Drawing on her recent book, Afterwar, Nancy Sherman explores moral injury and PTSD through the lens of moral philosophy and soldiers’ stories, both ancient and from the current wars. She explains how the notion of moral injury resonates with many service members and veterans. The term feels safe and non-stigmatizing, and invites reflection about the moral anguish that can come with donning the uniform and taking it off.

Join us for the second in a series of public events to create dialogues among veterans, their families, and other members of the community. Participants in this program, sponsored by the National Endowment for the Humanities, discuss classic works of literature, history, and philosophy to illuminate moral transformation, injury, and repair resulting from the experience of war. Join us for different book discussions and public events each month from now until May.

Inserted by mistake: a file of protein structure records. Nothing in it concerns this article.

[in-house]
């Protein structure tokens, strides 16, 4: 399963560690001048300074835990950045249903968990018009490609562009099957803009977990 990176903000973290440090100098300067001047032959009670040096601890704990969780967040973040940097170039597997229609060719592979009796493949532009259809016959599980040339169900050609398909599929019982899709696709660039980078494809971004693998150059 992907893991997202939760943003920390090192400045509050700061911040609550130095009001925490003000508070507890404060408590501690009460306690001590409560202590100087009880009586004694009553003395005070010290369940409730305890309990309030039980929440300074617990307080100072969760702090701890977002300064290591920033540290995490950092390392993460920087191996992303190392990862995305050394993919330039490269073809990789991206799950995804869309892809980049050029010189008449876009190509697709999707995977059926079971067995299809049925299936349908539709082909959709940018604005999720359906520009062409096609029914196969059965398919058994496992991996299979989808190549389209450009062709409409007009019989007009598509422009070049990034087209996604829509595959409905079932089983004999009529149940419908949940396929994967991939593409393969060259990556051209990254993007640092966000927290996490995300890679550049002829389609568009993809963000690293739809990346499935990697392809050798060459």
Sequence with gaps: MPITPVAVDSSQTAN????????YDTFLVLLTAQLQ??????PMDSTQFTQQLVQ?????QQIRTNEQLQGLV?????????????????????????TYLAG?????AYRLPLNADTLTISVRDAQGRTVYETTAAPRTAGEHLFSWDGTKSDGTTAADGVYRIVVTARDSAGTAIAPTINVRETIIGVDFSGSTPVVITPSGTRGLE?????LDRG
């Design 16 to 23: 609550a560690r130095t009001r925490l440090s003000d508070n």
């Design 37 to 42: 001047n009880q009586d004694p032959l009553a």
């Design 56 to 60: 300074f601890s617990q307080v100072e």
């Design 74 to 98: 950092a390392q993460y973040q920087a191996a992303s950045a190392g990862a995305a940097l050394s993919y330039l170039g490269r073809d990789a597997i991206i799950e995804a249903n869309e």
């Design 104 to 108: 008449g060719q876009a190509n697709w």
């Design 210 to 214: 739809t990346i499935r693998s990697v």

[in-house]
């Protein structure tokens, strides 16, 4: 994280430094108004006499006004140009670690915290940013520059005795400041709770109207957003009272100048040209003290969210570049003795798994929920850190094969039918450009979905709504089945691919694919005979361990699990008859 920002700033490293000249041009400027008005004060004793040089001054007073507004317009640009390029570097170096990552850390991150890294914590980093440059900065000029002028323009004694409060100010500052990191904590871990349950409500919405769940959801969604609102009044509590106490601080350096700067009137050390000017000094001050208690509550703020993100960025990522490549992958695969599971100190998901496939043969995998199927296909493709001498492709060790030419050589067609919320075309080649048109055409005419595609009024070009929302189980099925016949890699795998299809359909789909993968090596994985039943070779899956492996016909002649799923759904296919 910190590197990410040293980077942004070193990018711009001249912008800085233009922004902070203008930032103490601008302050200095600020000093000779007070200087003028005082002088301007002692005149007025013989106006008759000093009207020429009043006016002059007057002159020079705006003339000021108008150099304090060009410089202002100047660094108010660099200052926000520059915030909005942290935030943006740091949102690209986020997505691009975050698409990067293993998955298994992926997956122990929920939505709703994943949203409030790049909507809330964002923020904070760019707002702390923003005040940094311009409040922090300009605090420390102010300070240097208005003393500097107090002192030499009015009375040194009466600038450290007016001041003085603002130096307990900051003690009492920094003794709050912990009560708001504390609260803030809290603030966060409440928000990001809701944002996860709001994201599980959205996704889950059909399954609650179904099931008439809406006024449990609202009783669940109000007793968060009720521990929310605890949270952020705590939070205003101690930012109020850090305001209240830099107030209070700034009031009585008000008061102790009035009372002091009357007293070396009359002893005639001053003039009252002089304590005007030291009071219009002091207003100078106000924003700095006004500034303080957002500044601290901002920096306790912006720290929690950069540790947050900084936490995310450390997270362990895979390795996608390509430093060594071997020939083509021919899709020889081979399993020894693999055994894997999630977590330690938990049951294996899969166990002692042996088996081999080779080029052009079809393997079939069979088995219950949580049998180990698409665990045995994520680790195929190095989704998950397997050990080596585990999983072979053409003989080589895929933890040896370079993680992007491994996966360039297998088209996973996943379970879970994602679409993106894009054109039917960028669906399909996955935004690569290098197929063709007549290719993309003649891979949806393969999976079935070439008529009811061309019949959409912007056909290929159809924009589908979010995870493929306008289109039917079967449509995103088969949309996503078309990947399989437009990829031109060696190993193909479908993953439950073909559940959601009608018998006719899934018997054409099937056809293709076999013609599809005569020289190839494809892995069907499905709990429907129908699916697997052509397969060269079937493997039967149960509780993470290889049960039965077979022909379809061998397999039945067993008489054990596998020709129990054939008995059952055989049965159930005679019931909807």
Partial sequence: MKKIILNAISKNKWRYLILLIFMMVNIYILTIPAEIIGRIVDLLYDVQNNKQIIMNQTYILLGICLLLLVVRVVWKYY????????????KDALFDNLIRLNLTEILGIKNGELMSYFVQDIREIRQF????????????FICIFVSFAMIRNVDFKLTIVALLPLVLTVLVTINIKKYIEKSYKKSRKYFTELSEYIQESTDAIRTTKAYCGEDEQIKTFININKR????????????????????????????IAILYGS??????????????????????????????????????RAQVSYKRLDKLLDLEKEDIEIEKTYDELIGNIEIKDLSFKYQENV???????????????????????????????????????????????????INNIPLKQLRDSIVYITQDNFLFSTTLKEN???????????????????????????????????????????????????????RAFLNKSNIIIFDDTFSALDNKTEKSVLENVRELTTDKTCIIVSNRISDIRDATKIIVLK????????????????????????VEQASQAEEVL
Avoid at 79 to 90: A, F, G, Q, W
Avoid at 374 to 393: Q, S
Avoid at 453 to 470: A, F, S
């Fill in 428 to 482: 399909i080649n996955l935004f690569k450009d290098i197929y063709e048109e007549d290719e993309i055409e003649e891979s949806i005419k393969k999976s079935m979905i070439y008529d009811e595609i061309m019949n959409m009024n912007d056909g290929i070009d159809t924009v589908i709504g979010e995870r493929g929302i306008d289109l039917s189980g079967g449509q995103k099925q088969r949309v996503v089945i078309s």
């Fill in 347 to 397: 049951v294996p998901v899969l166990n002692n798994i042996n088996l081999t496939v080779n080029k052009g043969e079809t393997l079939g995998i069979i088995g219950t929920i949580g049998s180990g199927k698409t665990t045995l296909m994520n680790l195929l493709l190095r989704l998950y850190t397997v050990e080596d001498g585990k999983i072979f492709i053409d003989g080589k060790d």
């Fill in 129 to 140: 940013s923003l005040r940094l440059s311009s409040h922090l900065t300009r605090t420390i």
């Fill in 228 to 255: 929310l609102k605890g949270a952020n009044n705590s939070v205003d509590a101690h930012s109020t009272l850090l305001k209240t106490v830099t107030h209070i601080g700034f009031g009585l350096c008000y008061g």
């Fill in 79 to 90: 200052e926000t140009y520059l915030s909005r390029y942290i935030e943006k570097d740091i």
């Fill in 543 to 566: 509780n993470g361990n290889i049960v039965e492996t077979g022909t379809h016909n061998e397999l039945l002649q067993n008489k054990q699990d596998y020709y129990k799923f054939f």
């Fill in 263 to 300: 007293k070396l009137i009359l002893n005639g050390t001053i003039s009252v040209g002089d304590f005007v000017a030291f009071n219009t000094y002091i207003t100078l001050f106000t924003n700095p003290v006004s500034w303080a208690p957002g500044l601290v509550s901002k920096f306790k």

For more information go to:

Click here to view video of the first in this series of public events, “A Warrior Ethos: Ancient and Modern.”

Afterwar: Unmasking the Trauma of War with Nancy Sherman | Posted on March 15th, 2017 | Book Discussions, Faculty Public Programs, Public Programs